Forty-one (41%) of respondents say their company has suffered a violation and
39% say they have not seen a violation in the past two years. Marketing
strategists whose companies experienced a violation say the leading outcomes
after a violation are: termination of employees (84%), an incident report to law
enforcement (36%), temporary suspension of employees (32%), and a lawsuit being
filed against an employee (31%). The majority of the group who experienced a
violation (73%), state the incidents did not have a significant impact on their
Policies & Enforcement:
While 86% of respondent companies have an ethics policy to govern the decisions
of employees, only 58% of marketing chiefs say their CEO/COO is directly
involved in creating and communicating ethics policies, and only 56% say their
executives are required to take ethics training. Reflecting on the results,
O'Regan says, "This finding suggests senior management needs to take a more
active role in setting, and building awareness about, ethics policies since
their actions set the tone for the rest of the organization."
The top activities covered by existing ethics policies are: financial reporting;
sexual conduct; conflict of interest; bribery, coercion or kick backs; gifts and
graft as well as applicable laws and regulations; safety; online customer
privacy, and customer data handling. Nearly three quarters of respondents (71%)
say they work in a place with a method for reporting unethical behavior
anonymously and 61% say there are policies to protect those who point out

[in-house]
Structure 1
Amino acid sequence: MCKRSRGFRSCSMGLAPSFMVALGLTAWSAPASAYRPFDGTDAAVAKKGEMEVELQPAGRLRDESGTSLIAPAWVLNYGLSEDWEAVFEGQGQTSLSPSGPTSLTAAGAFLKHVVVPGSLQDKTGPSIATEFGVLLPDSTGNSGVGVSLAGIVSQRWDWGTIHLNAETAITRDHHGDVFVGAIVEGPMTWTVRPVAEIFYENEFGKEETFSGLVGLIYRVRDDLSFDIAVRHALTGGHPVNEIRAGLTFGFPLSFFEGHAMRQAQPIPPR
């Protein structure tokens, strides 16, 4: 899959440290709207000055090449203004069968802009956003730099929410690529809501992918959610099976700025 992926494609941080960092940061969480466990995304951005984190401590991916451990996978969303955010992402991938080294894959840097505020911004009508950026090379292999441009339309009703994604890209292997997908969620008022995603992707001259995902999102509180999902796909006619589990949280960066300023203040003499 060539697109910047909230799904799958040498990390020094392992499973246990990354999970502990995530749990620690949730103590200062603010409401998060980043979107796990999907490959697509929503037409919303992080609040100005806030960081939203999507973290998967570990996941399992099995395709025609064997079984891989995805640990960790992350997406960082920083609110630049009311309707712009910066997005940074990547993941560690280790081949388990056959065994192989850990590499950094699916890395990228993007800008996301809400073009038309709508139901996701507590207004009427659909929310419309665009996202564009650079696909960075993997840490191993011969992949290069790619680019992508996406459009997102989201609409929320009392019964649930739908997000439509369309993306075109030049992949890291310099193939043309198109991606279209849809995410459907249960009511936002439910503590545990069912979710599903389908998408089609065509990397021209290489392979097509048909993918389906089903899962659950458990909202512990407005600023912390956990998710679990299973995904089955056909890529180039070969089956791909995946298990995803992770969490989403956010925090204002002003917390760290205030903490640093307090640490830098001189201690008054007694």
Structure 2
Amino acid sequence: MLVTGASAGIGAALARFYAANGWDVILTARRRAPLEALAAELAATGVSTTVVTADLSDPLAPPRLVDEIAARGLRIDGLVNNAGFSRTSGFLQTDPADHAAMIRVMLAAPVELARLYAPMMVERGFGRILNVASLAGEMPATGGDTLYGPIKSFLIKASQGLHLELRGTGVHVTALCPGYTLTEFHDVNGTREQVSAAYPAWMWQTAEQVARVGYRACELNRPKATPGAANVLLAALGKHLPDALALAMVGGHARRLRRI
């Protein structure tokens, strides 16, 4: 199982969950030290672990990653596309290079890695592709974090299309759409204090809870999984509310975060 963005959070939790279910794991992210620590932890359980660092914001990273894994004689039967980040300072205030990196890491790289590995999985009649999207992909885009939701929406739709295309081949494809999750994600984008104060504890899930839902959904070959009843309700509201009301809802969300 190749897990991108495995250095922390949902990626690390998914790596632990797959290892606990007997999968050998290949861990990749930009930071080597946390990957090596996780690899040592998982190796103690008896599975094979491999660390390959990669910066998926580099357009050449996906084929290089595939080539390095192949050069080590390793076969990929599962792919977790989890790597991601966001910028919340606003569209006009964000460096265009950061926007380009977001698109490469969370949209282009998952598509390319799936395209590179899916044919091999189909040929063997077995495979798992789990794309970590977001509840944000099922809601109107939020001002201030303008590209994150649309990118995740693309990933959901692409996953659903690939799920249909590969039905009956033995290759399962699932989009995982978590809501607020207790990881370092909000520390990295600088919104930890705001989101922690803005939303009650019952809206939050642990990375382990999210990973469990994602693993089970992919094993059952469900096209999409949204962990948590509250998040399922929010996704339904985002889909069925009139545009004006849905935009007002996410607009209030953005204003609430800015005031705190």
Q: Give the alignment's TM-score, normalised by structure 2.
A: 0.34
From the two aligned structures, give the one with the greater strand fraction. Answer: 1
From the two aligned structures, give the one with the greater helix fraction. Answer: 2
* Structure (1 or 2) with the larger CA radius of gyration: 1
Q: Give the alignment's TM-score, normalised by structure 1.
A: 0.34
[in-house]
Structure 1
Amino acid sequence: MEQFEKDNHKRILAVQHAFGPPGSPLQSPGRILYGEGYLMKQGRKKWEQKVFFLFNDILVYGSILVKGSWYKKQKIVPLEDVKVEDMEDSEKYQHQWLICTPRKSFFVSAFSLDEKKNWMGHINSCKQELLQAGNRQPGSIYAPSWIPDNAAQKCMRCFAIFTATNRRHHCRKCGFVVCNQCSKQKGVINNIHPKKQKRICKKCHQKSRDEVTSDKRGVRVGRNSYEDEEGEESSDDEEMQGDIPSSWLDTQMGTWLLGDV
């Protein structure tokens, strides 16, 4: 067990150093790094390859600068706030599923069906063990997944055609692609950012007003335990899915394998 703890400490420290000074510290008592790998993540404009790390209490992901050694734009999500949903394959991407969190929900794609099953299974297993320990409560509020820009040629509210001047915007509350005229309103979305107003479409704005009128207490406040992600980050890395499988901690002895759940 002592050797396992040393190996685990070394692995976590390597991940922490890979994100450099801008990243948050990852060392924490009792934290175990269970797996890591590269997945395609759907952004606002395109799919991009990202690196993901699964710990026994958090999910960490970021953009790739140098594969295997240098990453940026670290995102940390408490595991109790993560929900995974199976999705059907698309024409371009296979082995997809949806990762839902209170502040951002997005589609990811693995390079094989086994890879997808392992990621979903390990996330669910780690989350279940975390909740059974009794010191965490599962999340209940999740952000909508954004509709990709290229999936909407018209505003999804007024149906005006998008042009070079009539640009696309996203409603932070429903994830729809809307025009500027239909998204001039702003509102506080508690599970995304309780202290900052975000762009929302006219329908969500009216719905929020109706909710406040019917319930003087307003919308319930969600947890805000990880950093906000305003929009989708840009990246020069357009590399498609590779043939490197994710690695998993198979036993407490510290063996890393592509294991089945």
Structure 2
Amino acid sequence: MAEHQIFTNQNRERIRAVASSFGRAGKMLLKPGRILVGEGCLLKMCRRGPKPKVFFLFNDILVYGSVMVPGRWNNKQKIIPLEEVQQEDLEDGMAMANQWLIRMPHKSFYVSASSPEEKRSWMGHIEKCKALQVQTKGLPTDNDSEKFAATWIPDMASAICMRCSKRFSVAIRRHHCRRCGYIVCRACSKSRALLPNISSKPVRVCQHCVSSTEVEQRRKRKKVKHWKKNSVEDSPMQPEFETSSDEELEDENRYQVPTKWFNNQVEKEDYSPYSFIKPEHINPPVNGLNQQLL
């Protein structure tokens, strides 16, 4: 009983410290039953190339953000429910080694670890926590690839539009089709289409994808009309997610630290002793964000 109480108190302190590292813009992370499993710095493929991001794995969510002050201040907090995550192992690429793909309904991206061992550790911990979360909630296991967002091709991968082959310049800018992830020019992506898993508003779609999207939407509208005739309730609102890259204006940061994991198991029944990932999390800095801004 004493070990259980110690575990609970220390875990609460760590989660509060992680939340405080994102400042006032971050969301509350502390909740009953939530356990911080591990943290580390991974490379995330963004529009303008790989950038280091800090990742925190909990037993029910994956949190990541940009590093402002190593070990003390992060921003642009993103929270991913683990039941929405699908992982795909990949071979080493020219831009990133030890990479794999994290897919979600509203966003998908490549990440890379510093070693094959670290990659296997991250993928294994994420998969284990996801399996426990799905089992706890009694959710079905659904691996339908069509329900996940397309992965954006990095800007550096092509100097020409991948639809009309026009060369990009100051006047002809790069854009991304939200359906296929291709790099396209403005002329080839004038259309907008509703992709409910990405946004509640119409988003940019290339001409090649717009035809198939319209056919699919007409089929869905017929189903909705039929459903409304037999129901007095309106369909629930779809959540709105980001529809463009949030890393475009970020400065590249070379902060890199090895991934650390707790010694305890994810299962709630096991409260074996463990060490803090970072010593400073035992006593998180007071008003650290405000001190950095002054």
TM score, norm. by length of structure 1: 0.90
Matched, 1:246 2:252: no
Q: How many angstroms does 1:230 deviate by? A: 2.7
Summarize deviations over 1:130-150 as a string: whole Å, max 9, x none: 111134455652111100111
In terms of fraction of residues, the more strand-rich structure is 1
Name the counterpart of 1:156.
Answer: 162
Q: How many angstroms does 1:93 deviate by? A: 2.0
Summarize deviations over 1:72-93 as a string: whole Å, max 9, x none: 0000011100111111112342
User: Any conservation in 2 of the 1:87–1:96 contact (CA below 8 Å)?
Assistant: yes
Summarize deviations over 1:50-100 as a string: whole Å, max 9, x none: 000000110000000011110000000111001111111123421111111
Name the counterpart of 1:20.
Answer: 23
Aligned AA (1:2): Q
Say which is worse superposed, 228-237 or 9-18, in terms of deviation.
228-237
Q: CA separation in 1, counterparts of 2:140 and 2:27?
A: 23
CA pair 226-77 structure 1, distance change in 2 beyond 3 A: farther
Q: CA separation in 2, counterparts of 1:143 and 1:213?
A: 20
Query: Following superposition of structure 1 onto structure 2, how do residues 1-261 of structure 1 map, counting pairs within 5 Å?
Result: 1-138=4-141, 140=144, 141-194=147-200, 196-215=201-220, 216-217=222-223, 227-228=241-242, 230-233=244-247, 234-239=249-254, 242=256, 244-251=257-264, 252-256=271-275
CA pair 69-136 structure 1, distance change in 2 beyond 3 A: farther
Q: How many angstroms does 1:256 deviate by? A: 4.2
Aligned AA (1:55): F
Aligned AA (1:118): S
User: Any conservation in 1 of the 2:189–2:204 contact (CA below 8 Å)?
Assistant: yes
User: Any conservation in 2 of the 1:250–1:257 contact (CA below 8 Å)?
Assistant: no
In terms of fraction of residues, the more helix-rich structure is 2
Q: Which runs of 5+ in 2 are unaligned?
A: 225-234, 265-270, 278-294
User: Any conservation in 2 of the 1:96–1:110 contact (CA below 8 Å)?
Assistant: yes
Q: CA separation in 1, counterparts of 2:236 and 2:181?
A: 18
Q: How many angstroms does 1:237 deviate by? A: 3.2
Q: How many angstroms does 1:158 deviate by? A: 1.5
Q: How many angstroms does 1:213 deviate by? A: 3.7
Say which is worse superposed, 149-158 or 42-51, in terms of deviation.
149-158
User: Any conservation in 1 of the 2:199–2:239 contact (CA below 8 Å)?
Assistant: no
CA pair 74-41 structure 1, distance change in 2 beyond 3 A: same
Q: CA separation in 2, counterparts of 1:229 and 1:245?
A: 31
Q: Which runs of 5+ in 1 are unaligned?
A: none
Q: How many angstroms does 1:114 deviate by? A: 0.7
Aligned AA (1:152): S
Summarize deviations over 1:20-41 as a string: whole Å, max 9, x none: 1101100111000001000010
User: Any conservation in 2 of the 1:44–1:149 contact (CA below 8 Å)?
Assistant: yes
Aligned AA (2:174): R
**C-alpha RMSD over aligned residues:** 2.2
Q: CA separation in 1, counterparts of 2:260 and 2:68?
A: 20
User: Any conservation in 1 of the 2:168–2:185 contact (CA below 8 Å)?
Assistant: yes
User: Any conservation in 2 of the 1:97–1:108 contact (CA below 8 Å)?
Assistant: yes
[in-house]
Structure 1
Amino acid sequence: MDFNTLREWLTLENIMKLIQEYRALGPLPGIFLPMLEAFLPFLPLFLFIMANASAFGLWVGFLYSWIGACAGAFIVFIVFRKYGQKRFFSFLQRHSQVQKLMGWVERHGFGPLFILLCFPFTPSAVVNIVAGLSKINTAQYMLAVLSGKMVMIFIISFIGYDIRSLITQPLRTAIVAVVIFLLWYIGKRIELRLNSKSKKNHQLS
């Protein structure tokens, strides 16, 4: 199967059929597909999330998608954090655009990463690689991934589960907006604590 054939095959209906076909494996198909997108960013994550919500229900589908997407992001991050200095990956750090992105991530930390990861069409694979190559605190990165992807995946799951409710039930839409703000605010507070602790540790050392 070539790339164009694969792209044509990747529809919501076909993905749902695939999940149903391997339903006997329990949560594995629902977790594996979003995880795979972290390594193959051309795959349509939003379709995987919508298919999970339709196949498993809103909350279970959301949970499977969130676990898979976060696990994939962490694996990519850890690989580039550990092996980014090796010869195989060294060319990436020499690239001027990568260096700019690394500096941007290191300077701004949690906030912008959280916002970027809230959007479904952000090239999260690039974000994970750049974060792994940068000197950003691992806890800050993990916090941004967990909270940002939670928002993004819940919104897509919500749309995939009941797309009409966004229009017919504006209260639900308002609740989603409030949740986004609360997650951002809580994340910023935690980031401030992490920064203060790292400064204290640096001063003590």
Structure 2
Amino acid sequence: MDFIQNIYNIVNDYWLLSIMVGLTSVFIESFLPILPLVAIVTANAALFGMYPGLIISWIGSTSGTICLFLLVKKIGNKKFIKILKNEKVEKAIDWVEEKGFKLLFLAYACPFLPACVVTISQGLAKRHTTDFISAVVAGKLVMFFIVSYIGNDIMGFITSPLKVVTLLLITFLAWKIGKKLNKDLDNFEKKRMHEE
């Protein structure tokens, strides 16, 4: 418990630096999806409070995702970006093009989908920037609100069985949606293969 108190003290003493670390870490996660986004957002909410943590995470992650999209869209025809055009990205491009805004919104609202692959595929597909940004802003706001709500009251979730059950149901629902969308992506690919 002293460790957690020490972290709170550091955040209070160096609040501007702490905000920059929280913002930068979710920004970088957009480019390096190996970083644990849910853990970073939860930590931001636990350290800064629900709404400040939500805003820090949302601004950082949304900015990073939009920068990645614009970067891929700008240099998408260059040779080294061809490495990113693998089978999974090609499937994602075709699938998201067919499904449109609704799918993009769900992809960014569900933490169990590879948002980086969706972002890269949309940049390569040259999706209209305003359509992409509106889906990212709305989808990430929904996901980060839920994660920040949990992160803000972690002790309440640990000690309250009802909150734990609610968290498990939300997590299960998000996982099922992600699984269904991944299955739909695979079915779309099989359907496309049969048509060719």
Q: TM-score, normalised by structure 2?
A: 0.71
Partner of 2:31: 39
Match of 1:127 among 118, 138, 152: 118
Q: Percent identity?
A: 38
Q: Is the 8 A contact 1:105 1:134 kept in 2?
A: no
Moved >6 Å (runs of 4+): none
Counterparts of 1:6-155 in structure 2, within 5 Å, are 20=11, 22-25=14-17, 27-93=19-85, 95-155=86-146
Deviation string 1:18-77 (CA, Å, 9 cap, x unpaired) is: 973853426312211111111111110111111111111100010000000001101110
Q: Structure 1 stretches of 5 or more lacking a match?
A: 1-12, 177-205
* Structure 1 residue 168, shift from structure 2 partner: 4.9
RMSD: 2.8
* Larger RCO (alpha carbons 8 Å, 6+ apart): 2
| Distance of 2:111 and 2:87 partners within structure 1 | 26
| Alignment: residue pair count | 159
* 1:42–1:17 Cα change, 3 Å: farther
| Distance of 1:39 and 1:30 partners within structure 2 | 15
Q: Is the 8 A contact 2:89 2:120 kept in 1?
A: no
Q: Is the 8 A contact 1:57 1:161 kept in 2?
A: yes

unethical behavior. Ethics training leaves room for improvement, with nearly a
third of respondents (27%) stating their company does not provide training on
how to handle unethical practices they may observe. According to these marketing
executives, the number one factor with the greatest impact on increasing the
need for ethics policies in U.S. companies is: misstatement of financial results
to make the bottom line look better (83%).
When asked whether the states, U.S. Congress or both should regulate the sale of
customer data, marketing leaders were divided on the issue with 38% choosing the
feds and 30% opting for both. Only 11% picked the states as the preferred
arbitrator of customer data sales. The majority of respondents (85%) say their
companies do not sell or rent information about its customers.
About the CMO Marketing & Ethics News Poll:
The CMO Marketing & Ethics News Poll was conducted by CMO magazine to learn the
opinions of chief marketing officers about the state of ethics in U.S. business
and its impact on the marketing function. The survey was conducted online from
July 28 to August 4 over an independent list of senior marketing executives from
the e-Rewards for Business(TM) panel. Of the 300 marketing executives who
responded, 83% hold the title of vice president or above up to, and including,
the title of CMO. Eighty-nine percent (89%) of respondents work in organizations
with 500 or more employees, with an average company size of 15,630 employees and
average marketing budgets of $76.4 million. At a 95% confidence level, the
margin of error is +/- 5.7%.